• Carnitine may protect neuron cells from oxidative damage by scavenging damaging reactive oxygen species[v] and as mentioned may be important factor in the production of the essential brain health nutrient, choline. Carnitine is an amino acid which is particularly abundant in animal proteins such as red meat, dairy, cod, chicken. Vegan sources include tempeh, asparagus, rice and peanut butter.
  • L-Theanine an amino acid that is known to increase production of brain alpha-waves[vi], which are associated with calm and relaxation. It also improves attention span during the execution of mental tasks, [vii] and is effective for improving sleep in ADHD.[viii]
  • Phospholipids i.e. Lecithin / phosphatidylserine & choline. Phosphatidyl serine is a phospholipid found in high concentrations within cells, especially nerve tissue.It supports cell fluidity, neurotransmitter response and acetylcholine levels for memory and overall cognitive function. It is an essential nutrient, meaning it must come from diet, and so can be low in vegan and vegetarian dietary intake. Overall, it is known as the ‘brain nutrient’[ix] as it can both nourish the structure of the brain and improve brain function.
  • Magnesium is a critical nutrient in the formation of a properly functioning phospholipid bilayer which surrounds cell membranes,[x] it is this membrane which allows communication between cells. Magnesium is involved with neurotransmission and research points to the fact that it may reduce the risk of depression.[xi]

Got a question?

The brand you can talk to:

We have a team of Nutritionists at the end of our advice line, open to you, for product support and advice (5 days a week). 0121 433 8702 or clinicalnutrition@biocare.co.uk

Or head to our advice page where you can find Healthnotes.

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[i] Chang CY1 et al. Essential fatty acids and human brain. Acta Neurol Taiwan. 2009;18(4):231-41.

Stordy BJ 1997 Dyslexia, attention deficit hyperactivity disorder, dyspraxia – do fatty acids help? Dyslexia review: 9(2)

Richardson and Puri, 2002 Prog Neuropsychopharmacol Biol Psyciatry 26(2) 233-9

[iv] Richardson A. Fatty acids in dyslexia, dyspraxia, ADHD, and the Autistic Spectrum. Nutrition Practitioner. 2001; 3 (3): 18-24.

[v] Lovell et al. Protection against amyloid beta peptide and iron/hydrogen peroxide toxicity by alpha lipoic acid. J Alzheimers Dis. 2003; 5 (3): 229-39.

[vi] Ito K et al Effects of L theanine on the release of alpha brain waves in human volunteers. Nippon Nogeikagaku Kaishi 1998;72:153-157.

[vii] Lardner AL. Neurobiological effects of the green tea constituent theanine and its potential role in the treatment of psychiatric and neurodegenerative disorders Nutr Neurosci 2013 Jul 23 (epub ahead of print)

[viii] Lyon MR, Kapoor MP, Juneja LR. The effects of L-theanine (Suntheanine®) on objective sleep quality in boys with attention deficit hyperactivity disorder (ADHD): a randomized, double-blind, placebo-controlled clinical trial. Altern Med Rev. 2011 Dec;16(4):348-54.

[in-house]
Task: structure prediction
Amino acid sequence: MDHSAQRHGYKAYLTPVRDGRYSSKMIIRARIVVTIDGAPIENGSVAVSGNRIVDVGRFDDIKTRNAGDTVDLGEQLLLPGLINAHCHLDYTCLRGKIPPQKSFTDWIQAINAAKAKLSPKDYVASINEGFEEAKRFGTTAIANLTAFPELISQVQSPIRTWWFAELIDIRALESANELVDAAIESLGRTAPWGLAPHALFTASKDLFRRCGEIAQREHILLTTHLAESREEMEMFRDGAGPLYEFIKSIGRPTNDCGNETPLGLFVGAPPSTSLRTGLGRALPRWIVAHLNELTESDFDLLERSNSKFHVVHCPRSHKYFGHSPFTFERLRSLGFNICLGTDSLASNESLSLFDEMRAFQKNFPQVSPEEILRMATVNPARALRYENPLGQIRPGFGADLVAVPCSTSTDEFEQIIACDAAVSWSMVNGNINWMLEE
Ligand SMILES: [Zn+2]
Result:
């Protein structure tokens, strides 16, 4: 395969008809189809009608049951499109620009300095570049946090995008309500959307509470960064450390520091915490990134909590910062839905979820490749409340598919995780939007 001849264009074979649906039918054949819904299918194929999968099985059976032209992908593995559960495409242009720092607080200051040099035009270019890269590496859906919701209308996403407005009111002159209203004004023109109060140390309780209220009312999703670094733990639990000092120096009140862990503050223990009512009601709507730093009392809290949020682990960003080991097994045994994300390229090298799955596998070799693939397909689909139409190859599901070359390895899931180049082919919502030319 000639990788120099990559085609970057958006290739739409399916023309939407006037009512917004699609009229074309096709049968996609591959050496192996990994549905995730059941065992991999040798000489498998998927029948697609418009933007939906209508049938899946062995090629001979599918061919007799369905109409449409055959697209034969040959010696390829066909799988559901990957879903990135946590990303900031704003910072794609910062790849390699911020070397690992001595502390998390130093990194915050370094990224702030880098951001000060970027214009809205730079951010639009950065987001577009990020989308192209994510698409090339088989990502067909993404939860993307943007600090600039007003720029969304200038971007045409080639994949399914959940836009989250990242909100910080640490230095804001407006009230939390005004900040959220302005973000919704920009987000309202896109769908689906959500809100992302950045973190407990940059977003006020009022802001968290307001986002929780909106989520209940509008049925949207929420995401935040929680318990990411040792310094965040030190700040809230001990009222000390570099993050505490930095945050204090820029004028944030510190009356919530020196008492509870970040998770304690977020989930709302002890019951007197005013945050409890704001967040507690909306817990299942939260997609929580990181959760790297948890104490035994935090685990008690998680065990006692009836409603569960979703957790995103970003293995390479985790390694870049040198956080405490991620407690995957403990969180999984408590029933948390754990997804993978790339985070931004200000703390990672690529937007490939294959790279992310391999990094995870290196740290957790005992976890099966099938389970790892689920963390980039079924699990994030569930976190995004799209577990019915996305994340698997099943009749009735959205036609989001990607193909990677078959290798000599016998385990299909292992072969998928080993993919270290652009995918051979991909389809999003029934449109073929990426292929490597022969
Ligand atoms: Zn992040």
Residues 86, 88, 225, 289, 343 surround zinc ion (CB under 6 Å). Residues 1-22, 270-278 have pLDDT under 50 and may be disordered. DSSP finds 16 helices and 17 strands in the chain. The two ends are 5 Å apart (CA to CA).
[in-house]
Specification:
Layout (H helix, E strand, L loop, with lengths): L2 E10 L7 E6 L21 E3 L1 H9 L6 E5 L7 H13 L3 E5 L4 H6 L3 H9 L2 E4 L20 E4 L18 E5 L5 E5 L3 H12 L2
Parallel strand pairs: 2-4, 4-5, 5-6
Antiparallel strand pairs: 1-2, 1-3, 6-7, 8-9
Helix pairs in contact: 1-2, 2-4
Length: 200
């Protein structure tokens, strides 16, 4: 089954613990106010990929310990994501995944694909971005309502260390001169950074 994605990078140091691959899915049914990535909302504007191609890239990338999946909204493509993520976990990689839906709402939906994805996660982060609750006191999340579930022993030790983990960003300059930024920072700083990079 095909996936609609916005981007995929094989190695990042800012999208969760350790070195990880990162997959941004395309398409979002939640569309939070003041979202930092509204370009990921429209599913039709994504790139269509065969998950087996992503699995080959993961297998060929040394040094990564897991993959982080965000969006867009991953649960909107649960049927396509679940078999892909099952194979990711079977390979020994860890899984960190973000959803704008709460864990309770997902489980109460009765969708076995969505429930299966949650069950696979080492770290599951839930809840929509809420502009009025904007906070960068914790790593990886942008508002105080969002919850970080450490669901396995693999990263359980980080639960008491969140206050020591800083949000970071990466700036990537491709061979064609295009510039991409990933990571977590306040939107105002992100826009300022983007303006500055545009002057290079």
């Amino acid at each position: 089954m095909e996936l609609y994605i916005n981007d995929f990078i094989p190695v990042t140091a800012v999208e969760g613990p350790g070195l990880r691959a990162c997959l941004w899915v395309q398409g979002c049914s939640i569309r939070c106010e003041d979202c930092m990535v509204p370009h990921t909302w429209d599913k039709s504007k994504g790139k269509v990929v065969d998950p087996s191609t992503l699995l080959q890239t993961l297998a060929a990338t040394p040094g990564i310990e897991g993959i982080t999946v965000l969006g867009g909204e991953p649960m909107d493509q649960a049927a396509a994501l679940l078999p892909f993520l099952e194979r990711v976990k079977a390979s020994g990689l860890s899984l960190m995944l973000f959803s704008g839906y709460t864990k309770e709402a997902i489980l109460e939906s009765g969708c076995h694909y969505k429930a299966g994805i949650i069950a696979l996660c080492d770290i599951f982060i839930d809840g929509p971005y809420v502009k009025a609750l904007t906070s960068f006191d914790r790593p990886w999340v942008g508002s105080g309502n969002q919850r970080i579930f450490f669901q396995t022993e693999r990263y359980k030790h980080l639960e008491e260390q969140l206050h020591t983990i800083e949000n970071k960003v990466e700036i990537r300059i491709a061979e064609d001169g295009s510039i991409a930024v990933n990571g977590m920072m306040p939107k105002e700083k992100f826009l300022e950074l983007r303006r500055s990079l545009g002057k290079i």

[ix] Zhang, Y.Y., Yang, L.Q., Guo, L.M., Effect of phosphatidyl serine on memory in patients and rats with Alzheimer’s disease. Genet. Mol. Res. 2015; 14 (3): 9325-33

[x] Zachary D. Schultz, I. M.-W. Magnesium Induced Lipid Bilayer Microdomain Reorganizations: Implications for Membrane Fusion. PubMed. 2009:9932-9941.

[xi] Derom. Magnesium and depression: a systematic review. Nutr Neurosci. 2013; 16 (5): 191-206.

[i] Herculano-Houzel, ‘Coordinated scaling of corticol and cerebellar numbers of neurons’, Front Neuroanat.2010; 4: 12.

[ii] Wagner et al, ‘Cerebellar granule cells encode the expectation of reward’, Nature; 544, p96-100, April 2017.

[iii] Men et al, ‘The corpus callosum of Albert Einstein’s brain; another clue to his higher intelligence.’ Brain. 2014 Apr;137(Pt 4)

[iv] M. Silveri, A. DiBetta, V. Filippini, M. Leggio, M. Molinari Verbal short-term store rehearsal system and the cerebellum. Evidence from a patient with a right cerebellar lesion.Brain, 121 (1998), pp. 2175-2187

[v] R. Cabeza, L. Nyberg Imaging cognition II: An empirical review of 275 PET and fMRI studies J. Cogn. Neurosci., 12 (2000), pp. 163

[vi] Hill et al, ‘How does exercise benefit performance on cognitive tests in primary-school pupils’ 2011 Mar, Development Medicine & Child Neurology, Vol 53, issue 7, p630-635

[vii] http://www.journalofplay.org/sites/www.journalofplay.org/files/pdf-articles/1-3-article-physically-active-play-and-cognition.pdf, accessed 28th June 2018.

[viii] Hoza et al, ‘A randomised trial examining the effects of aerobic physical activity on attention-deficit/hyperactivity disorder symptoms in young children.’ J Abnorm Child Psychol. 2015 May;43(4):655-67. doi: 10.1007/s10802-014-9929-y

[ix] Tomporowski et al, ‘Exercise and children’s cognition: The role of exercise characteristics and a place for metacognition.’ Jpurnal of Sports and Health Science, vol 4, issue 1, Mar 2015, p47-55

[x] Coppermile Evaluation Report https://lpff.org.uk/frontend/pdf/CoppermileEvaluationReport.pdf, accessed 27th June 2018.

[xi] OECD Better Policies for Better Lives, PISA results; http://www.oecd.org/pisa/, accessed 28th June, 2018.

[xii] Ann E.Power, ‘Slow-wave sleep, acetylcholine, and memory consolidation’, PNAS February 17, 2004. 101 (7) 1795-1796

[xiii] Sarver et al, ‘Hyperactivity in attention-deficit/hyperactivity disorder (ADHD): Impairing deficit or compensatory behaviour?’ Journal of Abnormal Child Psychology, Oct 2015, vol 43, issue 7, p1219-1232